Thursday, July 23, 2015

Five Thoughts on The Hobbit by J.R.R. Tolkien

Since this (!!!) is coming soon...

... I am talking about The Hobbit today! Who doesn't love The Hobbit? (If you, for some unfathomable reason, do not love it, please do not tell me. It will create feelings of animosity.)

Five Thoughts on The Hobbit by J.R.R. Tolkien

1. Hobbits are English. 
Hobbits are unfailingly polite and expect the same of others. When they are in a social situation that becomes awkward or uncomfortable, they resort to politeness. When they do not know what to do with themselves, they resort to politeness. When someone says something uncouth or in anger, they resort to politeness. It is their default mode. Martin Freeman does an excellent job of capturing this fundamental character trait of hobbits. Bilbo is much more refined than his dwarvish companions and has a hard time relating to them in the beginning. I like to believe that Tolkien is poking fun at the English and their manners, showing that they do have a place but are not as important as they (and hobbits) seem to think they are.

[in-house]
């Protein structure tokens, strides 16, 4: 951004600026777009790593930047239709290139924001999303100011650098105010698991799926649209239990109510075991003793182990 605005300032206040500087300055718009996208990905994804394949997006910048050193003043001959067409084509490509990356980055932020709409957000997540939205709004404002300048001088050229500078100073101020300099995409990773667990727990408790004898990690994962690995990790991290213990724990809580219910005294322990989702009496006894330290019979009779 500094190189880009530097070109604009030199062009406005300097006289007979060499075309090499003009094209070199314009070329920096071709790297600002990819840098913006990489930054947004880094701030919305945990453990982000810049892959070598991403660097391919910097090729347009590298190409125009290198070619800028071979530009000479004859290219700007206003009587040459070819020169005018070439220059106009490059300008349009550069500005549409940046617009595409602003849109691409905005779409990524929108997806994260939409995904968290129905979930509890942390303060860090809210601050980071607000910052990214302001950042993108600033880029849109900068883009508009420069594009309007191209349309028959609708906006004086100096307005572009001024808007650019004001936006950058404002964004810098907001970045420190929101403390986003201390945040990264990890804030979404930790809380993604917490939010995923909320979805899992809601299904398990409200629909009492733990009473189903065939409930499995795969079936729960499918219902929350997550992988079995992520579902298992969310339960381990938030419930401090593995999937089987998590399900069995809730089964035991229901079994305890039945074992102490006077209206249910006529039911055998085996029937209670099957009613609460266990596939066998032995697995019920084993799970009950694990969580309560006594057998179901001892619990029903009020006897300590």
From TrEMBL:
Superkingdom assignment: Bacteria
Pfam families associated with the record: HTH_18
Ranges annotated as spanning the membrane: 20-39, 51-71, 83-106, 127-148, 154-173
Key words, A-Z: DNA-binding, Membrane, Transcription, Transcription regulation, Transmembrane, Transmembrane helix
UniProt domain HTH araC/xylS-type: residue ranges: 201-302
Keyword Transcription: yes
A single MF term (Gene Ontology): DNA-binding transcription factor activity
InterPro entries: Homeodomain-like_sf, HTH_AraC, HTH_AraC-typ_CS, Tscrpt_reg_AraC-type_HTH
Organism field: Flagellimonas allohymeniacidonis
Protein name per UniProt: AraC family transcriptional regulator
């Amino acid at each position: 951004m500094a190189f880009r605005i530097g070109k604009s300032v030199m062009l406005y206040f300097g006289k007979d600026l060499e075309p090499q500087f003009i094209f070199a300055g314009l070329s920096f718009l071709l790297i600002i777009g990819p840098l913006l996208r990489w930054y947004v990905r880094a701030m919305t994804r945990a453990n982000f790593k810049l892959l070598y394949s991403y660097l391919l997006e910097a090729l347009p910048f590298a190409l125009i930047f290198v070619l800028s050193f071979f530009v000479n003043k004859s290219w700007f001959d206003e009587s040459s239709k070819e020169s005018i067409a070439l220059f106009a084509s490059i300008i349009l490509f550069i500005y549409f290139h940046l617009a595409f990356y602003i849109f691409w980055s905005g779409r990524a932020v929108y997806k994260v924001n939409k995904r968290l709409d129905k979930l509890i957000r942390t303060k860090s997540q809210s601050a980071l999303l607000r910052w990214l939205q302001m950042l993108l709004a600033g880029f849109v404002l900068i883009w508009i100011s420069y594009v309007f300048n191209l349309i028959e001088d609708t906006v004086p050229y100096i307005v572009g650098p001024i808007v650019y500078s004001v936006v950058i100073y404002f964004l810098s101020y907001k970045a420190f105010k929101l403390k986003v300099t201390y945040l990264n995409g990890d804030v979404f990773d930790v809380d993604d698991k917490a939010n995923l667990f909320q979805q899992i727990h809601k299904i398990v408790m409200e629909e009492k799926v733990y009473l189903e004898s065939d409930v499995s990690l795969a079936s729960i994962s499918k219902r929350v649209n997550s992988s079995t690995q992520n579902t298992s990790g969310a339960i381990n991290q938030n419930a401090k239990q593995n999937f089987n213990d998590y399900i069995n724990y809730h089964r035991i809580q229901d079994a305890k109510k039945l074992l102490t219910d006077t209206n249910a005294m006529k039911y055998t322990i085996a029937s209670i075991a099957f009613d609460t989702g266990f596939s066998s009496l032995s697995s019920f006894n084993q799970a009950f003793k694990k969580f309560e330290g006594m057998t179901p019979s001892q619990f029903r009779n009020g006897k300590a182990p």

"Sorry! I don't want any adventures, thank you. Not today. Good morning! But please come to tea – any time you like! Why not tomorrow? Come tomorrow! Good bye!"

2. Beorn is a berserk(er).
The first time I read The Hobbit I devoured it, racing to finish it. This time I read at a more leisurely pace so I could notice details I had previously overlooked. Beorn in his warrior aspect was one such detail. The descriptions of him (and his wrath) during the Battle of the Five Armies was so quintessentially Anglo-Saxon/Norse that I cannot believe I missed it the first time. Beorn is my favorite character even though he plays such a small role. He can shapeshift into a bear, lives in a beautiful woodland home with beautiful horses, and has such fighting prowess that he can single-handedly turn the tide of a battle. Awesome.

"He came alone, and in bear's shape; and he seemed to have grown almost to giant-sized in his wrath."

3. Bilbo as thief of the hoard.